MELISSA BLOCK, HOST:
Now, a moment of innovation. Today, we look back at the birth of a tool that has changed the way we stay in touch with each other.
DR. MARTIN COOPER: My name is Martin Cooper. Forty years ago, I conceived of the world's first handheld cellular telephone and a few months later, had the privilege of making the world's first public cellular call in the streets of New York.
For years, my colleagues and I at Motorola had a dream. And that dream was that everyone someday would be free to talk wherever they were, would be unleashed from the copper wires that tied them to the network. And then the FCC, the Federal Communications Commission, announced that they were about to make a decision.
They were about to decide whether AT&T would have a monopoly. And if AT&T had that monopoly, they were going to have cellular phones, but you'd be trapped in your car now instead of in your home or office. And at that moment, I decided that we were going to prove that the world is ready for handheld portable telephones so that people would have the freedom to be anywhere.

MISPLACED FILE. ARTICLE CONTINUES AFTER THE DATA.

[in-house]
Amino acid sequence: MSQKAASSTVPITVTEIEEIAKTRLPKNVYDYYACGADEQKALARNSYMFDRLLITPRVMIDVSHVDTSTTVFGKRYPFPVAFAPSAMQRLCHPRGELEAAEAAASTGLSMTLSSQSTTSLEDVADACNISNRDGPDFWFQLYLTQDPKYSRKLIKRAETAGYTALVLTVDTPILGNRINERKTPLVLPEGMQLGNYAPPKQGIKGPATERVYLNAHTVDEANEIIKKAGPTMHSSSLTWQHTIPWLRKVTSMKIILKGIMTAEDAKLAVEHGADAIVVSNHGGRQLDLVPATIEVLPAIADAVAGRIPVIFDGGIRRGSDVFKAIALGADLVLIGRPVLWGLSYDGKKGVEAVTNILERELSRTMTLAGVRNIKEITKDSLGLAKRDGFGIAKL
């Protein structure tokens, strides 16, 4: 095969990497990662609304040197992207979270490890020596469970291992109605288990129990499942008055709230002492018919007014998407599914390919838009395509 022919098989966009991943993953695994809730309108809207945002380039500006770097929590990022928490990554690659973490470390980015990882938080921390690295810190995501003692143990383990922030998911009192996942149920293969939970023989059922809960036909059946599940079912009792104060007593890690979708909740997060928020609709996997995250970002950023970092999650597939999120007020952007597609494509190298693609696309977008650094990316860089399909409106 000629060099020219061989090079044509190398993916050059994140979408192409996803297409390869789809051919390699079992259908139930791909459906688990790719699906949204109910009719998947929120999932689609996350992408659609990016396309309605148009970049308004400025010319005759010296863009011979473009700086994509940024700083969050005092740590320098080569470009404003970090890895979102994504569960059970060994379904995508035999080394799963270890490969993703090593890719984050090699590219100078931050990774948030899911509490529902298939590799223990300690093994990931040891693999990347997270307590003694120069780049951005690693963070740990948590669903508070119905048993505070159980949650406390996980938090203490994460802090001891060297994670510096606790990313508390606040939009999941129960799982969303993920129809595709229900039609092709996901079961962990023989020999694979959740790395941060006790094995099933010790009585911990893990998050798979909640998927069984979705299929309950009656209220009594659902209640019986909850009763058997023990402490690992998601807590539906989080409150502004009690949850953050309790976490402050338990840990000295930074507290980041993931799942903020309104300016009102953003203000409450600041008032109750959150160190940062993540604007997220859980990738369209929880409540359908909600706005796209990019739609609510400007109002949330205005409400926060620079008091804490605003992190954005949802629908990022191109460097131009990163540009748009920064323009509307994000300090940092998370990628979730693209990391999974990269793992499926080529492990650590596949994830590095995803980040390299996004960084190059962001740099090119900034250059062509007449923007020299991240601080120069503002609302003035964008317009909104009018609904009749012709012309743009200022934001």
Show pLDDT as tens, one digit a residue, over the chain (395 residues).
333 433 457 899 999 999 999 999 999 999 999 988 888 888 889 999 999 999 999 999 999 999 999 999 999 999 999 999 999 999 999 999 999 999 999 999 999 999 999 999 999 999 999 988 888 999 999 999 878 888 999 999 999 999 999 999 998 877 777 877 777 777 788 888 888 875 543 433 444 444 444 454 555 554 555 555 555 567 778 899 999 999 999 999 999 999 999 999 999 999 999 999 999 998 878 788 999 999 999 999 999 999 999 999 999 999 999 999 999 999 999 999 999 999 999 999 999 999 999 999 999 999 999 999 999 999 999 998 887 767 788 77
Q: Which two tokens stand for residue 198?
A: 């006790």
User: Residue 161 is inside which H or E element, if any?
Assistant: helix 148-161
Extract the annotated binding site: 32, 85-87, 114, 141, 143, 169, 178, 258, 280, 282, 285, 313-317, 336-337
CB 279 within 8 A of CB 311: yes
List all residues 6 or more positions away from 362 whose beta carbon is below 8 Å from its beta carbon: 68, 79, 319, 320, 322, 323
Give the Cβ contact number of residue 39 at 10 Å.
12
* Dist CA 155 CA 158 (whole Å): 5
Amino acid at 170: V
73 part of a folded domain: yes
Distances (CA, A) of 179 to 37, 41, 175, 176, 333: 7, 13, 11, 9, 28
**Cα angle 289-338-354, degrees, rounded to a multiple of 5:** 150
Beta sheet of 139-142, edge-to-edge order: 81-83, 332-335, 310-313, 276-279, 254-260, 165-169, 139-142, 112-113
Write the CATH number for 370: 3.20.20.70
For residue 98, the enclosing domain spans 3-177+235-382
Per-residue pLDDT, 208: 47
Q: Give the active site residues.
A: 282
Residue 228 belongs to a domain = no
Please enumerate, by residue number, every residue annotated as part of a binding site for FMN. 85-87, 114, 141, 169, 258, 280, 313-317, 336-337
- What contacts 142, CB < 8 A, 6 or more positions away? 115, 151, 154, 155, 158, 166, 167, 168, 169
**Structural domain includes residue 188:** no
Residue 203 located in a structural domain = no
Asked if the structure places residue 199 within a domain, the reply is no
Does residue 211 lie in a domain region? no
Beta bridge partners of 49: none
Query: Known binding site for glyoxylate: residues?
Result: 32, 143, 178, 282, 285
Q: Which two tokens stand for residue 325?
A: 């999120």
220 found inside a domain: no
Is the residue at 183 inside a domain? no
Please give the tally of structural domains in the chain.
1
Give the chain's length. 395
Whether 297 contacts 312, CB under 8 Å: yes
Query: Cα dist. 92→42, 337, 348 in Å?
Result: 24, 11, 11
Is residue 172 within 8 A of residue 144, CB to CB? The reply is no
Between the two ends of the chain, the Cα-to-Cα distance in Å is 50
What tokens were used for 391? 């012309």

We had to break a number of barriers in order to create that first phone. And first of all, there were no large-scale integrated circuits. So we had to make that phone with thousands of individual parts. And the frequency band that the phone was in had never been used before, so we had to invent new devices, a new antenna. And furthermore, we had to come up with a form factor that could be held in someone's hand and that would look somewhat like a telephone.
We call that first phone the brick. And it really looked like a brick. It was about eight inches high, an inch and a half wide, four inches deep, weighed two-and-a-half pounds. The battery life was only 20 minutes, but that was not a problem because you couldn't hold that heavy things up for more than 20 minutes.
BLOCK: Martin Cooper on developing the first cell phone. He continues to develop new technologies in San Diego.
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